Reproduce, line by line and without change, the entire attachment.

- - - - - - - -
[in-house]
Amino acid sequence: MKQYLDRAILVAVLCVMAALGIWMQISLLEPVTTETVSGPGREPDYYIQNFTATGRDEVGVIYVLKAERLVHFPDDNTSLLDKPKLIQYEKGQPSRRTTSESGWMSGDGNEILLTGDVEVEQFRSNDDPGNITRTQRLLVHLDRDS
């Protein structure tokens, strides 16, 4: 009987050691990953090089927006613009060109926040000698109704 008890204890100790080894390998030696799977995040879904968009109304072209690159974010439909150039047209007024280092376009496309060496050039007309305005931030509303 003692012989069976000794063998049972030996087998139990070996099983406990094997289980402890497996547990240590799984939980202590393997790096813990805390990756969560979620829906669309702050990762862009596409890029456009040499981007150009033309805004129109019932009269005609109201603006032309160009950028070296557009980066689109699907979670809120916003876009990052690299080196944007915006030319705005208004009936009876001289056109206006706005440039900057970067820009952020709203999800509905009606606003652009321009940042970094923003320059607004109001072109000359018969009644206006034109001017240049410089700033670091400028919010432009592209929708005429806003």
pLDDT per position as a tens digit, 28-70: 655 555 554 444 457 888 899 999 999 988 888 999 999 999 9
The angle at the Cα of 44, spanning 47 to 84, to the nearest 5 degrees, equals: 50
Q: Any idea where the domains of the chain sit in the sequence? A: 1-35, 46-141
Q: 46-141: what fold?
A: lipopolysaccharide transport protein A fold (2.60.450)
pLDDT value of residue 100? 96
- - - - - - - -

[in-house]
Amino acid sequence: MKQYLDRAILVAVLCVMAALGIWMQISLLEPVTTETVSGPGREPDYYIQNFTATGRDEVGVIYVLKAERLVHFPDDNTSLLDKPKLIQYEKGQPSRRTTSESGWMSGDGNEILLTGDVEVEQFRSNDDPGNITRTQRLLVHLDRDS
């Protein structure tokens, strides 16, 4: 009987050691990953090089927006613009060109926040000698109704 008890204890100790080894390998030696799977995040879904968009109304072209690159974010439909150039047209007024280092376009496309060496050039007309305005931030509303 003692012989069976000794063998049972030996087998139990070996099983406990094997289980402890497996547990240590799984939980202590393997790096813990805390990756969560979620829906669309702050990762862009596409890029456009040499981007150009033309805004129109019932009269005609109201603006032309160009950028070296557009980066689109699907979670809120916003876009990052690299080196944007915006030319705005208004009936009876001289056109206006706005440039900057970067820009952020709203999800509905009606606003652009321009940042970094923003320059607004109001072109000359018969009644206006034109001017240049410089700033670091400028919010432009592209929708005429806003």
pLDDT per position as a tens digit, 28-70: 655 555 554 444 457 888 899 999 999 988 888 999 999 999 9
The angle at the Cα of 44, spanning 47 to 84, to the nearest 5 degrees, equals: 50
Q: Any idea where the domains of the chain sit in the sequence? A: 1-35, 46-141
Q: 46-141: what fold?
A: lipopolysaccharide transport protein A fold (2.60.450)
pLDDT value of residue 100? 96